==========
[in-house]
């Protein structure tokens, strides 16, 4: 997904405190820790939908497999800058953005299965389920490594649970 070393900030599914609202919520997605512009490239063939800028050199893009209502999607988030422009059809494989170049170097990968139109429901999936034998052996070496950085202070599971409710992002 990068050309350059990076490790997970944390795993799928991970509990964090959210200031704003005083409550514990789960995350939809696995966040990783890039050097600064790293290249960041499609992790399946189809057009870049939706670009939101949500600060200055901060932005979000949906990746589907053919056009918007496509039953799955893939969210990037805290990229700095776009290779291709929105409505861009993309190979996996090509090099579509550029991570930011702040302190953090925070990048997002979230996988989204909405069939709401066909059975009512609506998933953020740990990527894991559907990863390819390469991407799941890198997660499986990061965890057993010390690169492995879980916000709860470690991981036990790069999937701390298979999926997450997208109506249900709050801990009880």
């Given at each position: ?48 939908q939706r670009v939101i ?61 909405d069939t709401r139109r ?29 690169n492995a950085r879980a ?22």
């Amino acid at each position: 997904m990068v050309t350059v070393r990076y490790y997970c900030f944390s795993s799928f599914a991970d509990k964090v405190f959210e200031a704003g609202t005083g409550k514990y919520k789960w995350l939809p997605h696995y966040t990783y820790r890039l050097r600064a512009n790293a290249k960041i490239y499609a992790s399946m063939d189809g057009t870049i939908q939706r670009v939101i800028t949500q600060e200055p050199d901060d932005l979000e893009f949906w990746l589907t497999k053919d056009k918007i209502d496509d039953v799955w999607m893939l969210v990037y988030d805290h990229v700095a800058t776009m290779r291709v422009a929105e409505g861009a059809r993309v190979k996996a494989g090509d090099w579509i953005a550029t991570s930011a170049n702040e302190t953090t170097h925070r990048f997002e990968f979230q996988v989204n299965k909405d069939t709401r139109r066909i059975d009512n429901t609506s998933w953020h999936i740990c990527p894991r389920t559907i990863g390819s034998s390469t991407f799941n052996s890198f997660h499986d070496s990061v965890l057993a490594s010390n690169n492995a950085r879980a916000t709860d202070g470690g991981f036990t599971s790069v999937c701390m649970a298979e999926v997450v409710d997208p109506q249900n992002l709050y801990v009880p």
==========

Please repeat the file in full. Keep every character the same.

[in-house]
């Protein structure tokens, strides 16, 4: 997904405190820790939908497999800058953005299965389920490594649970 070393900030599914609202919520997605512009490239063939800028050199893009209502999607988030422009059809494989170049170097990968139109429901999936034998052996070496950085202070599971409710992002 990068050309350059990076490790997970944390795993799928991970509990964090959210200031704003005083409550514990789960995350939809696995966040990783890039050097600064790293290249960041499609992790399946189809057009870049939706670009939101949500600060200055901060932005979000949906990746589907053919056009918007496509039953799955893939969210990037805290990229700095776009290779291709929105409505861009993309190979996996090509090099579509550029991570930011702040302190953090925070990048997002979230996988989204909405069939709401066909059975009512609506998933953020740990990527894991559907990863390819390469991407799941890198997660499986990061965890057993010390690169492995879980916000709860470690991981036990790069999937701390298979999926997450997208109506249900709050801990009880």
């Given at each position: ?48 939908q939706r670009v939101i ?61 909405d069939t709401r139109r ?29 690169n492995a950085r879980a ?22």
């Amino acid at each position: 997904m990068v050309t350059v070393r990076y490790y997970c900030f944390s795993s799928f599914a991970d509990k964090v405190f959210e200031a704003g609202t005083g409550k514990y919520k789960w995350l939809p997605h696995y966040t990783y820790r890039l050097r600064a512009n790293a290249k960041i490239y499609a992790s399946m063939d189809g057009t870049i939908q939706r670009v939101i800028t949500q600060e200055p050199d901060d932005l979000e893009f949906w990746l589907t497999k053919d056009k918007i209502d496509d039953v799955w999607m893939l969210v990037y988030d805290h990229v700095a800058t776009m290779r291709v422009a929105e409505g861009a059809r993309v190979k996996a494989g090509d090099w579509i953005a550029t991570s930011a170049n702040e302190t953090t170097h925070r990048f997002e990968f979230q996988v989204n299965k909405d069939t709401r139109r066909i059975d009512n429901t609506s998933w953020h999936i740990c990527p894991r389920t559907i990863g390819s034998s390469t991407f799941n052996s890198f997660h499986d070496s990061v965890l057993a490594s010390n690169n492995a950085r879980a916000t709860d202070g470690g991981f036990t599971s790069v999937c701390m649970a298979e999926v997450v409710d997208p109506q249900n992002l709050y801990v009880p």